‘The city full of new things already foresaw it’
The cathedral is robust:
concrete, angular, brutalist,
but not brutal: a building
of the people with its carpark facade,
a fort of resilient faith,
seeing off sea air, hurricanes,
and tourists. In the café
of the covered market, a thimble
of coffee is the best restorative
to help you navigate the yards
of pig fat and the funky miasma
of rotting greens. The stores
offer nude dolls languishing
on porcelain grasslands,
but, elsewhere, ersatz mannequins
are decked out in strips of Barcelona
and Real. It’s tempting to wonder
why the world turns generic,
sliced like a banana across time zones
and continents. Still, far from home,
you can find strange comfort
in the common language
of Lionel Messi’s gifts. The sign
for the English Methodist School
offers my grandmother’s faith,
as I squat on a street corner
eating zingy ceviche in the shade.
‘Who are you then? Where do these affairs of harbours suddenly come from?’
We toured the backstreets of the old town,
inside the bright cinema of midday sun.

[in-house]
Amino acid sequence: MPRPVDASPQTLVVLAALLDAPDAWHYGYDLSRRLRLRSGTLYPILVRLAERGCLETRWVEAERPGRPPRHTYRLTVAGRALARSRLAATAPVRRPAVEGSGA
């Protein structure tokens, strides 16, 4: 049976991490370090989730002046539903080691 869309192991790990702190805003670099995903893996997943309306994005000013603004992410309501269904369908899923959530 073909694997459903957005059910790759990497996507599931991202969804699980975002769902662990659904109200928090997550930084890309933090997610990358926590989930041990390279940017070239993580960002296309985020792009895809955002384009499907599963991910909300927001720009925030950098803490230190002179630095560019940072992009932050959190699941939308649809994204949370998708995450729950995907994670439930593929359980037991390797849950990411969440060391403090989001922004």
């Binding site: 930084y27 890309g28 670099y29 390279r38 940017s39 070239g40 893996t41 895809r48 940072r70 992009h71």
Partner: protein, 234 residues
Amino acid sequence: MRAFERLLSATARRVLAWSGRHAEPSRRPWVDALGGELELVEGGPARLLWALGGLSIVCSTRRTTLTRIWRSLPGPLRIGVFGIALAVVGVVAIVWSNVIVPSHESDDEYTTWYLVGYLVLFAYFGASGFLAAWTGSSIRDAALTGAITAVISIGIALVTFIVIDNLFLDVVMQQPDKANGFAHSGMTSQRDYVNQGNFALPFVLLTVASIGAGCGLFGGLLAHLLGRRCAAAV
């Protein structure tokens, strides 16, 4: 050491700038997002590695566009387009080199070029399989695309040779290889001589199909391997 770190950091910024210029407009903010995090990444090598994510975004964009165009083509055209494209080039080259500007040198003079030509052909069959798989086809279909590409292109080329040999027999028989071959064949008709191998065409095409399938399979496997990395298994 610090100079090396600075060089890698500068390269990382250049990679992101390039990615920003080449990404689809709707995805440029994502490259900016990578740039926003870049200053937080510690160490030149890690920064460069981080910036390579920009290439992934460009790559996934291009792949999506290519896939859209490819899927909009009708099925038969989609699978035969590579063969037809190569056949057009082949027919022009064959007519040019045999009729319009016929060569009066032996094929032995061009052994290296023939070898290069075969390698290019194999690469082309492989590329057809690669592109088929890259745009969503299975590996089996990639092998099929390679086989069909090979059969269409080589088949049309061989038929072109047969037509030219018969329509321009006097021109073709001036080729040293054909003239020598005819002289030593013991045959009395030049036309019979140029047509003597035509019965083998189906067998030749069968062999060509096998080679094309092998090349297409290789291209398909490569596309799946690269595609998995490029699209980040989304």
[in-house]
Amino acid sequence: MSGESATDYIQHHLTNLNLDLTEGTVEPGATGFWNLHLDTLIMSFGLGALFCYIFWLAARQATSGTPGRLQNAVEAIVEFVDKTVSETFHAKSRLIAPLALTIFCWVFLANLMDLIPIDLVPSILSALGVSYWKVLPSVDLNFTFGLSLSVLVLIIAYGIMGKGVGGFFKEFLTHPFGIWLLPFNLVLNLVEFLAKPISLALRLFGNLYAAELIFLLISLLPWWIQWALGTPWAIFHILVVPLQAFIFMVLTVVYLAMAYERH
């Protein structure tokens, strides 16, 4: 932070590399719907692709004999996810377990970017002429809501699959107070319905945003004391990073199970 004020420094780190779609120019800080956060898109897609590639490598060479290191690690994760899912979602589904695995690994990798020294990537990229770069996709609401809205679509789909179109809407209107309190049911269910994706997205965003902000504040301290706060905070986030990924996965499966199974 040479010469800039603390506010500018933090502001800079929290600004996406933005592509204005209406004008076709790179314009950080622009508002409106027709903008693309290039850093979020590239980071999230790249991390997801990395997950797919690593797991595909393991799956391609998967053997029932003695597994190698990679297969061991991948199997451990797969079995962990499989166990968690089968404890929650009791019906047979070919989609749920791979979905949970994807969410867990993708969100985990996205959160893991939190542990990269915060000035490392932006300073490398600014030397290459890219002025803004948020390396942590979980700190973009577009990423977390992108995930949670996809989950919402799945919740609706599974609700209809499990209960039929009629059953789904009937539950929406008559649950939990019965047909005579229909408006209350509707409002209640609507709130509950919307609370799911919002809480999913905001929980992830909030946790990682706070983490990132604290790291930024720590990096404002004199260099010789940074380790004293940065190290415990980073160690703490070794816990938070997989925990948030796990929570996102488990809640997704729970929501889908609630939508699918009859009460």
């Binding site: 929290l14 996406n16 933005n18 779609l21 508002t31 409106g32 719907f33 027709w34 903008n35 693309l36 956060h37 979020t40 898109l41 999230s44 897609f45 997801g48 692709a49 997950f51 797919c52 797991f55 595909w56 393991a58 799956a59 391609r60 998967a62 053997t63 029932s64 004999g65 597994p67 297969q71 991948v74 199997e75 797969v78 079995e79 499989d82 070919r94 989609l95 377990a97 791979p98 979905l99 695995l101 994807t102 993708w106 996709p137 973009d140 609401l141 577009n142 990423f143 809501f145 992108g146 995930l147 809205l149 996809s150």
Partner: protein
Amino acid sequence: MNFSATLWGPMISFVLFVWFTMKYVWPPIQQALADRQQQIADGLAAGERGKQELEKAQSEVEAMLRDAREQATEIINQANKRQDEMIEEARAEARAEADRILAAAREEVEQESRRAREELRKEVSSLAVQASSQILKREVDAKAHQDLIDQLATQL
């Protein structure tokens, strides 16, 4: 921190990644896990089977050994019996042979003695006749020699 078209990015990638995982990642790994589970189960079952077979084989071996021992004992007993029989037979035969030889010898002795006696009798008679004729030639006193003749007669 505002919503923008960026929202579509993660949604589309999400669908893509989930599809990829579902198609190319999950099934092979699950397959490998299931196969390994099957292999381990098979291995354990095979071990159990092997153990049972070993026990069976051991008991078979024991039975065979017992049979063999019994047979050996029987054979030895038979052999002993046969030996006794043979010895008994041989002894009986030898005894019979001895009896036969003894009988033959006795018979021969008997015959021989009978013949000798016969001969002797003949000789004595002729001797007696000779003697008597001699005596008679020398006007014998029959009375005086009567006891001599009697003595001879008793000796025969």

In the plaza, edgy restaurateurs
offered squid ink and pickled meat,
and the households of grand families
competed in a war of bougainvillea.
Carnival played in the alleyways,
the masks of jaguar and donkey
chased each other through the shadows.
The T-shirt sellers called for attention
with jaunty cries of ‘yoo-hoo!’
although the chess players in the park
focussed on patient Danish Gambits
while the palm trees exploded
over the route to the residential quarter.
Fortunes made from slavery and silver,
played out through the harbour,
and the new city spiked into blades
through the slaughter of a coke war,
while mosquitos, fat with blood,
hummed through the heaviness.
Looking for the heart of Cartagena,
we lost the path. No soy de ningún lugar
the graffiti claimed. I am no one.
Daniel Bennett was born in Shropshire and lives and works in London. His poems have been published in numerous places, including Blackbox Manifold, Structo and The Stinging Fly. His chapbook Arboreal Days was published by Red Ceilings Press, and his first collection West South North, North South East is published by The High Window.